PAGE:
Even after adjusting for these differences, Canadian medicine may still be cheaper, but you fail to get what you fail to pay for --- in this case, modern equipment, adequate facilities, and motivated physicians.

    Gratzer's most withering analysis is aimed at Canada's "gutless" political establishment that relies on bromides and clichés in place of serious efforts to address the problems in Canadian medicine: "The badly needed national debate isn't taking place. There is only the sound of silence as partisans of every political stripe advocate the intellectually vacant position of maintaining the status quo in an ideal system that doesn't really exist."

    He maintains that the early success of medicare --- back when the population was young and costs were low --- became hard-wired in the Canadian psyche as a source of national pride. Now that the system is failing, no political leader wants to be the first to tell the truth. As with "The Emperor's New Clothes," denial reigns supreme.

    Gratzer doesn't stop at documenting the problems in Canadian medicine, nor at laying the responsibility at a political class that prefers to look the other way. He also examines possible solutions and their consequences, including simply spending more money, applying user fees, or creating a parallel privatized system to supplement the public program. Any of these reforms would be an improvement, he says, but "the most important step toward renewing health care in [Canada] is to accept that medicare is fundamentally flawed." He notes that medicare currently "consumes 21 cents of every dollar earned by working Canadians," and the Office of the Superintendent of Financial Services projects a tax rate of 94.5 percent will be needed to support the program in 2040 without fundamental reform.

    Instead, Dr. Gratzer would like to see patients making their own decisions about how to best spend their health care resources, whether those resources come through the government, from employers, or directly out-of-pocket. And the best way to do this, he proposes, is through a national system of medical savings accounts (MSAs), combined with high-deductible indemnity insurance plans. He examines several alternative MSA designs, including the possibility of government-provided high deductible insurance and taxpayer funded "allowances" for MSA deposits. He prefers self-funded MSAs using tax-free deposits. He argues that the poor and persons with "special needs" could be granted extra assistance.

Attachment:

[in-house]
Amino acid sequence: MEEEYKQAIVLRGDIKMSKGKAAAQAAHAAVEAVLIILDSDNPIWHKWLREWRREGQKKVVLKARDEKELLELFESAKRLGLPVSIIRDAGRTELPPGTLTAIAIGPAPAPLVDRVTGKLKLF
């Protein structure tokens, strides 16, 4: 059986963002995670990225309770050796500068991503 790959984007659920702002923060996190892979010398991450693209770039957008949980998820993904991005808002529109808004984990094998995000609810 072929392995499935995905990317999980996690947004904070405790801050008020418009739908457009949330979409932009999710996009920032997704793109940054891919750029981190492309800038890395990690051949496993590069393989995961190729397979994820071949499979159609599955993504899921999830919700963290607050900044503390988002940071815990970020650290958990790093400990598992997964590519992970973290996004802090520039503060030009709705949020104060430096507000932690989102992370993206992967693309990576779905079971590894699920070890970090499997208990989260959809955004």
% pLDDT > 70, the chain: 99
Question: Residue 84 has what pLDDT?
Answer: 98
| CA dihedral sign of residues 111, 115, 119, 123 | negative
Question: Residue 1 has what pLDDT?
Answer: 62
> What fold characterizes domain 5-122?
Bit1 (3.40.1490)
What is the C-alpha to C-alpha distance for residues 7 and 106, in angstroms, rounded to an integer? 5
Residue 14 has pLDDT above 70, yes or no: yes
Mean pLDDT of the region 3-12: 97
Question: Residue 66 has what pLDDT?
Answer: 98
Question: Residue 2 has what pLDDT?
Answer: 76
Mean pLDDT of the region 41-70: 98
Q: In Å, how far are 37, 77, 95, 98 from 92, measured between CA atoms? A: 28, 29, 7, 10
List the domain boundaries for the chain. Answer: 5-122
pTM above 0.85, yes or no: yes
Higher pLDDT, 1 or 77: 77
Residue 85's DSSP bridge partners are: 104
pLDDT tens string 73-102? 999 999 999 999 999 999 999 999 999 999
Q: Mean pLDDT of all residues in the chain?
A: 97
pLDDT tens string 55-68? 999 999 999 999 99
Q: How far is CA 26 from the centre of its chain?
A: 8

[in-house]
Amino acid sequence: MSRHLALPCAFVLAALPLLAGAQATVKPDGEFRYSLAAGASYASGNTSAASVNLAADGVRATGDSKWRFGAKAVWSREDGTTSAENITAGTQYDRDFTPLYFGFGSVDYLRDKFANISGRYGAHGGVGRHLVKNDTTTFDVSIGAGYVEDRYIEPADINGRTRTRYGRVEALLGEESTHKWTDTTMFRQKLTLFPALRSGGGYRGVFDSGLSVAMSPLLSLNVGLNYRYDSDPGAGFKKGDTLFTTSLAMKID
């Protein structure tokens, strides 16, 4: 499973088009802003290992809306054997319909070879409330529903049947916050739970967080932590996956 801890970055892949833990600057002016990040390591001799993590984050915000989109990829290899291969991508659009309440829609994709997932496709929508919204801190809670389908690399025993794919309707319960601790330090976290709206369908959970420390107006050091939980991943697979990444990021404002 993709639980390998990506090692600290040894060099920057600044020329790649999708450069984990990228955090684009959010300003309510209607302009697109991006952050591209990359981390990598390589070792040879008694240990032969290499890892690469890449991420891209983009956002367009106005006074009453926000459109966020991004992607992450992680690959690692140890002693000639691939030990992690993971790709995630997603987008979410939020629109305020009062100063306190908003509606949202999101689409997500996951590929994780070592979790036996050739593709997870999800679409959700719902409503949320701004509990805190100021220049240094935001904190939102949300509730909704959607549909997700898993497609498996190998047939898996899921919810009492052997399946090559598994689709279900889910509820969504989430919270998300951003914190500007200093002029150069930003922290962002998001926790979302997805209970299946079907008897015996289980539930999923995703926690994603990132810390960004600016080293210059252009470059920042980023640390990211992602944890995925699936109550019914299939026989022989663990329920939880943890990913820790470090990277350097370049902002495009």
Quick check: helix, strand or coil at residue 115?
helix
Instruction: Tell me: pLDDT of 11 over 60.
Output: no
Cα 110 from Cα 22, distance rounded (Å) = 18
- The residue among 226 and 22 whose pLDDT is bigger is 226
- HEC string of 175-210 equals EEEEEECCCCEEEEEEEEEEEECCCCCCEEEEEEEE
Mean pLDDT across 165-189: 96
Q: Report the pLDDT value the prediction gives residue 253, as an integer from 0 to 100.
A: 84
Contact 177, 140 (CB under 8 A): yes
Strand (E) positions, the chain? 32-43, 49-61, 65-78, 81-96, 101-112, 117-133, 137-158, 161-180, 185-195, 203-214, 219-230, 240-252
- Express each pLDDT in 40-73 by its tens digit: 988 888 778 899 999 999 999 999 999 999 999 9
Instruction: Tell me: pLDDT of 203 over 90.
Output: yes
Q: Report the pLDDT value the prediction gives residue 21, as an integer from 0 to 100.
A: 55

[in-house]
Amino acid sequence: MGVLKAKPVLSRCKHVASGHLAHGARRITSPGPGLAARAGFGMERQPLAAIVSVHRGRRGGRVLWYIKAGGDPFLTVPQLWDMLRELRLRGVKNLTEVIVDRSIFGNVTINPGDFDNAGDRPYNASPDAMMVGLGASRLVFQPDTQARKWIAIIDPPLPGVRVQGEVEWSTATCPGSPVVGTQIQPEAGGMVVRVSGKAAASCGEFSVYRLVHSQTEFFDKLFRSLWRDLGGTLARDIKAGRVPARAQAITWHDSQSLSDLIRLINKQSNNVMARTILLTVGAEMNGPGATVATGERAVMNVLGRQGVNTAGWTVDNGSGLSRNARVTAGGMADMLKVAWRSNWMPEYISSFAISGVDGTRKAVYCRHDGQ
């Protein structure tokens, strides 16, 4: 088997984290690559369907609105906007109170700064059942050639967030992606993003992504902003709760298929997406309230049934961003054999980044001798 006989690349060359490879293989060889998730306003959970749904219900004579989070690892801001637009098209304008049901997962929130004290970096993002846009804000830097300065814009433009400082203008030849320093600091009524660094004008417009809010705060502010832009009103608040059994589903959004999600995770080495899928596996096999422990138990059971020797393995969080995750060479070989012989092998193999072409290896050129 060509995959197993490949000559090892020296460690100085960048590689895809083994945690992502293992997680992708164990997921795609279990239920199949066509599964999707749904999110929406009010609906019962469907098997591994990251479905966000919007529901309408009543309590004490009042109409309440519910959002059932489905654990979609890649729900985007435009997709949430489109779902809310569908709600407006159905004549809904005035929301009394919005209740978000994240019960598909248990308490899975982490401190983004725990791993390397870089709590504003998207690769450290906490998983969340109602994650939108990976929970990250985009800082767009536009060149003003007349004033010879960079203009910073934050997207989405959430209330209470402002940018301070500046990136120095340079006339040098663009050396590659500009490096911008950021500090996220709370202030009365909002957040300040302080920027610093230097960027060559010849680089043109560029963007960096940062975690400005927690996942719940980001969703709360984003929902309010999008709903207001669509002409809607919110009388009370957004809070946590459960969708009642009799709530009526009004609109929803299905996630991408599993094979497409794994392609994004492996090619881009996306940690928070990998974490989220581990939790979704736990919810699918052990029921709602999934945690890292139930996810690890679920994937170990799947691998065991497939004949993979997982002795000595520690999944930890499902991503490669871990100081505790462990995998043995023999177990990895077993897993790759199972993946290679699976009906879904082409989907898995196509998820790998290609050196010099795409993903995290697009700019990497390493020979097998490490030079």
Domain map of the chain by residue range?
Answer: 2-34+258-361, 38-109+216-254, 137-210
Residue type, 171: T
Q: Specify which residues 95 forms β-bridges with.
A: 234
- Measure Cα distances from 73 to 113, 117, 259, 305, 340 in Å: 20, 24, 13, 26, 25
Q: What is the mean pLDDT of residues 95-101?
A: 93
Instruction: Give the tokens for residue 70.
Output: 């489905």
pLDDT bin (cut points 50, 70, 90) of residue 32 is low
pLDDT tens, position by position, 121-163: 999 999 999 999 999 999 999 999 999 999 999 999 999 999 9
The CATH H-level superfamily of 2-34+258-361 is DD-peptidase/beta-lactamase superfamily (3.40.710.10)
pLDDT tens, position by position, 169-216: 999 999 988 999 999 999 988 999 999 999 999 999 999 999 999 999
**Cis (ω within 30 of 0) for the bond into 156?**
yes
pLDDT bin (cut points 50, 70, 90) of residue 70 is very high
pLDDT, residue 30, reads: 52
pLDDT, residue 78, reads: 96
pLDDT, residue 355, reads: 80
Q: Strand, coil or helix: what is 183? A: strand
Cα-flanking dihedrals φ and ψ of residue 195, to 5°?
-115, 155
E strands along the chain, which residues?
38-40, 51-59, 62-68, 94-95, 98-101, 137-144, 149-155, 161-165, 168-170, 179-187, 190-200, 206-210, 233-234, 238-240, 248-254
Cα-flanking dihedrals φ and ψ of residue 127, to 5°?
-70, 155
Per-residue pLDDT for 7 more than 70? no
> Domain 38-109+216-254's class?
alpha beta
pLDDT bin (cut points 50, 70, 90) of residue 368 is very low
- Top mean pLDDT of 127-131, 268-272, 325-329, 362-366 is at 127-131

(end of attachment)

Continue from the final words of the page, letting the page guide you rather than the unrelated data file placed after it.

He concludes that "medical savings accounts aren't a miracle solution. But an MSA system has the potential to address many of the problems with the present health care system in Canada." They could fix the problems of waiting lists, second-rate equipment and fleeing physicians, while maintaining accessibility and timeliness of care.

    Greg Scandlen
    Frederick, MD

    Mr. Scandlen is a senior fellow in health policy at the National Center for Policy Analysis in Dallas, Texas. His e-mail is GMScan@aol.com.

    Originally published in the Medical Sentinel 2001;6(1):35. Copyright © 2001 Association of American Physicians and Surgeons (AAPS).
     
  7. vyxen
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    Maybe the original article would be nice instead of some guy in Texas merely reiterating what MIGHT be on that article? That's the only way I can judge if the original author is right or wrong.
     
  8. NightTrain
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    NightTrain VIP Member

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    I guess I would rush out and buy the book then. It was a book review.

    Nevertheless, do you dispute what he outlined?
     
  9. canadarocks
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    Yeah he is full of sht. He sounds like he is texan. Every system is always in need of improvement. To say that 21c out of every dollar earned goes to the government for medical coverage is an outright lie. I have no time for liars.
     
  10. NightTrain
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    How very curious.

    I think you'd best look at who the author is. He looks like a pretty solid Canadian to me.

    The review was written by a Texan, that much is clear. However, that still doesn't change what was written by a Canadian Doctor practicing in Canada, does it?